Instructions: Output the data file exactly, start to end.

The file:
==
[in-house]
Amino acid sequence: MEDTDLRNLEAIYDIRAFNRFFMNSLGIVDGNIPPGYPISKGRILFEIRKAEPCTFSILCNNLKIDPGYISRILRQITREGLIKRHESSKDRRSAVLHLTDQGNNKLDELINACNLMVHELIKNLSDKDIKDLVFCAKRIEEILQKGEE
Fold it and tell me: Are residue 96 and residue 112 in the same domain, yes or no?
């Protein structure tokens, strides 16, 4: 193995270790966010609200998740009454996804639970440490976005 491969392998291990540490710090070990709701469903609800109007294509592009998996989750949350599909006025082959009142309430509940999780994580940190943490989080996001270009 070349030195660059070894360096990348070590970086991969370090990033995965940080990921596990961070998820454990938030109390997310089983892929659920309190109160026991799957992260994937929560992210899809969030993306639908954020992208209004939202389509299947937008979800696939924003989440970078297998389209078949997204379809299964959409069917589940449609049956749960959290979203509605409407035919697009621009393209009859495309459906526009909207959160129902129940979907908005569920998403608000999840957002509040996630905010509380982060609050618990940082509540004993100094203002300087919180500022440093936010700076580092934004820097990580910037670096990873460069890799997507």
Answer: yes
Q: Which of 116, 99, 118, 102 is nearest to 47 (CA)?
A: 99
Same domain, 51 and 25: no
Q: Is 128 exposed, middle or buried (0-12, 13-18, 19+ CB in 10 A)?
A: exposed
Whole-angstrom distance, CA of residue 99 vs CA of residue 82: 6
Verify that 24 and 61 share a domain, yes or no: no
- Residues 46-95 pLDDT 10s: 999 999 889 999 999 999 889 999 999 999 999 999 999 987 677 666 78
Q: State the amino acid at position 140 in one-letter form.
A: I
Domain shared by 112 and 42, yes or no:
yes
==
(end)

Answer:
[in-house]
Amino acid sequence: MEDTDLRNLEAIYDIRAFNRFFMNSLGIVDGNIPPGYPISKGRILFEIRKAEPCTFSILCNNLKIDPGYISRILRQITREGLIKRHESSKDRRSAVLHLTDQGNNKLDELINACNLMVHELIKNLSDKDIKDLVFCAKRIEEILQKGEE
Fold it and tell me: Are residue 96 and residue 112 in the same domain, yes or no?
């Protein structure tokens, strides 16, 4: 193995270790966010609200998740009454996804639970440490976005 491969392998291990540490710090070990709701469903609800109007294509592009998996989750949350599909006025082959009142309430509940999780994580940190943490989080996001270009 070349030195660059070894360096990348070590970086991969370090990033995965940080990921596990961070998820454990938030109390997310089983892929659920309190109160026991799957992260994937929560992210899809969030993306639908954020992208209004939202389509299947937008979800696939924003989440970078297998389209078949997204379809299964959409069917589940449609049956749960959290979203509605409407035919697009621009393209009859495309459906526009909207959160129902129940979907908005569920998403608000999840957002509040996630905010509380982060609050618990940082509540004993100094203002300087919180500022440093936010700076580092934004820097990580910037670096990873460069890799997507």
Answer: yes
Q: Which of 116, 99, 118, 102 is nearest to 47 (CA)?
A: 99
Same domain, 51 and 25: no
Q: Is 128 exposed, middle or buried (0-12, 13-18, 19+ CB in 10 A)?
A: exposed
Whole-angstrom distance, CA of residue 99 vs CA of residue 82: 6
Verify that 24 and 61 share a domain, yes or no: no
- Residues 46-95 pLDDT 10s: 999 999 889 999 999 999 889 999 999 999 999 999 999 987 677 666 78
Q: State the amino acid at position 140 in one-letter form.
A: I
Domain shared by 112 and 42, yes or no:
yes